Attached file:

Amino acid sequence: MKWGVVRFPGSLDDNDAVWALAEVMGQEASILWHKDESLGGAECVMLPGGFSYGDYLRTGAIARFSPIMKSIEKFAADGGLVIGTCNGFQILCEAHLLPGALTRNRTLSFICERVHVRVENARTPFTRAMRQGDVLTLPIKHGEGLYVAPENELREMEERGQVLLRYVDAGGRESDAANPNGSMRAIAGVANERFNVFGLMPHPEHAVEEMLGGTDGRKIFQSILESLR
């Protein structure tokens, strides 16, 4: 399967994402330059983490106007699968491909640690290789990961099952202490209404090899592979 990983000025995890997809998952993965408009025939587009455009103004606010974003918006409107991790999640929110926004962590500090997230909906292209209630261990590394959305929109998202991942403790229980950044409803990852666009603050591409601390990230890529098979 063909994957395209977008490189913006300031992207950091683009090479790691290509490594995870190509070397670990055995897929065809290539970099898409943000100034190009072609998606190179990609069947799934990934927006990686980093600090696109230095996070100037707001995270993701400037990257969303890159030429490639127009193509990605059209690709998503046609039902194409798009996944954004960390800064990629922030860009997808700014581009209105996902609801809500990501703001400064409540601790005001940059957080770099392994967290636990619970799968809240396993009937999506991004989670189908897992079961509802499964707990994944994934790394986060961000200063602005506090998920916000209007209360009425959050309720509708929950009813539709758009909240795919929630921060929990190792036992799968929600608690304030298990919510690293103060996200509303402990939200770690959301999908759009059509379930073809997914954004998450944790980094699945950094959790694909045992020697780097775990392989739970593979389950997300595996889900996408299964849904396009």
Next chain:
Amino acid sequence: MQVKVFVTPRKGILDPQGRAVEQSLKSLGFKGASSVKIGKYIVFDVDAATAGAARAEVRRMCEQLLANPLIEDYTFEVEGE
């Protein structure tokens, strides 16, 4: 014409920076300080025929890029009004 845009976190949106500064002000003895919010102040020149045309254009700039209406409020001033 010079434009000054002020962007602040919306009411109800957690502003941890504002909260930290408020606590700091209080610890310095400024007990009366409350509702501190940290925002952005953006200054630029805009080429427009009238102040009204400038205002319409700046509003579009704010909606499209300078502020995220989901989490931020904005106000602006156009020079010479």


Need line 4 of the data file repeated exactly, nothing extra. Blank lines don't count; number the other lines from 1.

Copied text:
Amino acid sequence: MQVKVFVTPRKGILDPQGRAVEQSLKSLGFKGASSVKIGKYIVFDVDAATAGAARAEVRRMCEQLLANPLIEDYTFEVEGE